How to win the World Food Prize

See my answer on the other thread :) Difficult to estimate. You need a new method of transgenesis - 5-20 years?

Genosets

Hmmmm. I'm shamefully ignorant about prices, but I would estimate such an effort would be in the tens of millions, if you wanted it done quickly (and it will still take a while). As far as I'm aware we haven't developed methods for transgenesis in Tetse flies, having only gotten the genome sequenced in 2014 (priorities people?!), and setting it up in a new organism in a new organism with an unusual life cycle can be surprisingly difficult. The link below describes techniques for manipulating gut microbes in the flies, which I don't think would suffice.

In ... (read more)

0dapc4yI really appreciate the explanations in this thread. I was wondering if anyone had an update regarding recent developments in this space. Specifically, using big data to solve for genetic / protein links to phenotypes. I have also been struggling to find more recent information regarding genosets. Apologies if any of that is unclear, I am still relatively new to this.
How to win the World Food Prize

I'm totally in favor of chlorinating that pool, but just bear in mind that the 'registry of standard parts', and other biological tools in general, like CRISPR, are nowwhere near as easy to use and reliable as it says on the packaging. I'm always amused by the contrast between articles about CRISPR which make it sound like you can just jam a thumbdrive into a mouse, and the people I know trying to get CRISPR to work on a new cell line or organism, who are up all night for months in a row muttering schizophrenically in the cell culture room. You need a lot of time and human capitol for these things.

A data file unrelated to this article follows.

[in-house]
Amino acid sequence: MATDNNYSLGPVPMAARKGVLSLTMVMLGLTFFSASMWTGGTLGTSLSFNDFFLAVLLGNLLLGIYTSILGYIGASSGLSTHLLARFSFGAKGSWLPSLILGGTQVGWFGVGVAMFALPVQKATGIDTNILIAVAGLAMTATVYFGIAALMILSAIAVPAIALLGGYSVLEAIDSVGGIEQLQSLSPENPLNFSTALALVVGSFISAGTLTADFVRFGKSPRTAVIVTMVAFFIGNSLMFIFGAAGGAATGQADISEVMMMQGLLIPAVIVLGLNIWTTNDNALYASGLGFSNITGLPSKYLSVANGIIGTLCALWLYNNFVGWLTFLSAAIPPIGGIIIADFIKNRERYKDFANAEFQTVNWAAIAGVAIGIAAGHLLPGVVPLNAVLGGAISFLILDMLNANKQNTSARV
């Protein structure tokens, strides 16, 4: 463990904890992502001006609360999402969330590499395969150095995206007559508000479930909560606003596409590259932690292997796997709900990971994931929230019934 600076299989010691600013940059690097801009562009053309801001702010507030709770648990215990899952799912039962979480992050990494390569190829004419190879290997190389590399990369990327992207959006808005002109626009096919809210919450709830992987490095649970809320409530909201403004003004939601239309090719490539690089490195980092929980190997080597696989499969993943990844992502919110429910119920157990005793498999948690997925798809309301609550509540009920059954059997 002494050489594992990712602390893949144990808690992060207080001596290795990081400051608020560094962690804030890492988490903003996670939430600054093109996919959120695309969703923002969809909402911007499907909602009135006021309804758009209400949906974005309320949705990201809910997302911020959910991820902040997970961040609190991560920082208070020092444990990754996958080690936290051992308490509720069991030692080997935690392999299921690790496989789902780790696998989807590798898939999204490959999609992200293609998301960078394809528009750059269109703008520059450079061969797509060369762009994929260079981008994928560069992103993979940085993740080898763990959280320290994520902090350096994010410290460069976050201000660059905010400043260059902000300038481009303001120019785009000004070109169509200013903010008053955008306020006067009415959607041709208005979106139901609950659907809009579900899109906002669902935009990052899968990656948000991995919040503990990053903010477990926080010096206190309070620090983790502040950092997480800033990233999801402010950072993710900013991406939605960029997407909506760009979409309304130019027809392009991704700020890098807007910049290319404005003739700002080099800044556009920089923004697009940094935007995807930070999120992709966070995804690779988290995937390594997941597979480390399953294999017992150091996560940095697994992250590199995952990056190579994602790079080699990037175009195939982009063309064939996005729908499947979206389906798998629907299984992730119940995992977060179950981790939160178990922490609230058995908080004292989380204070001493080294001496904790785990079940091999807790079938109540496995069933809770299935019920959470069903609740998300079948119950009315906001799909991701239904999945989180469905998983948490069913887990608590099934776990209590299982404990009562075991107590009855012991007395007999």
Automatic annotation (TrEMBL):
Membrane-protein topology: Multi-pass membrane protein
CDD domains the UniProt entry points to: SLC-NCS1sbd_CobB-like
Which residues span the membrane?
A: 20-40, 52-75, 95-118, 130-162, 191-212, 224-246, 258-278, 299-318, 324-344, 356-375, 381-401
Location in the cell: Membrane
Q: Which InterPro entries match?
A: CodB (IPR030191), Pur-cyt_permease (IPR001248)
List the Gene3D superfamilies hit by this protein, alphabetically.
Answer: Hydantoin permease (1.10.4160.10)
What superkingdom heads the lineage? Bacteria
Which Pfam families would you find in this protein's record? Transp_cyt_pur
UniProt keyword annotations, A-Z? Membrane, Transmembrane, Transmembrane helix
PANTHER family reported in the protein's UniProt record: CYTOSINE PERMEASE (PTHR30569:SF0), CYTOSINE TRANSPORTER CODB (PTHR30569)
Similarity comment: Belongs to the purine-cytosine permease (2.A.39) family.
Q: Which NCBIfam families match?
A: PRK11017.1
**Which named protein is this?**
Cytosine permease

0[anonymous]6yBased on your more intimate knowledge and access to knowledge in the area, what kind of time frame (even an order of magnitude estimate would suffice, if the former is intractable) would we be looking at if an amount of resources, proportional to the potential humanitarian impact relative to mosquito transmitted diseases, where to be spent to develop a gene drive ready for use in the Tsetse fly [https://www.wikipedia.org/wiki/Tsetse_fly], a species regarded as responsible for preventing an African 'green revolution' [http://www.givewell.org/international/economic-empowerment/agriculture] like was seen in Asia and thus part of the whole fable of African starvation? Any way to incorporate resource investment into mitigating relevant risks? [http://www.files.givewell.org/files/conversations/Kevin_Esvelt_3-31-15_%28public%29.pdf] . It seems like an academic has independently started thinking along the same lines [http://www.ncbi.nlm.nih.gov/pubmed/12878419].
Genosets

Another genomics PhD here. It's a complex topic. We know that combinatorial effects (epistasis in genetics lingo) matter, from population genetics studies in model organisms. This is despite the fact that simple linear models perform well in the human population - provided they are against some reasonably constant genetic background, low allele frequencies mean that the combinatorial effects are well captured by linear ones.

The problem is that even if you only care about pairwise combinations, there are far too many of them, given a uniform prior. Even if ... (read more)

0[anonymous]6yOP here. Having learned more statistics since I last posted - I reckon it could be as simple as exploring various interactions (effect modifications) in the data with respect to additional SNP's. The issue would be that interactions require greater sample sizes to avoid spurious results and most genetics research has woefully low sample sizes which would only be harder to overcome when inching towards more personalised medicine based on individual genomes.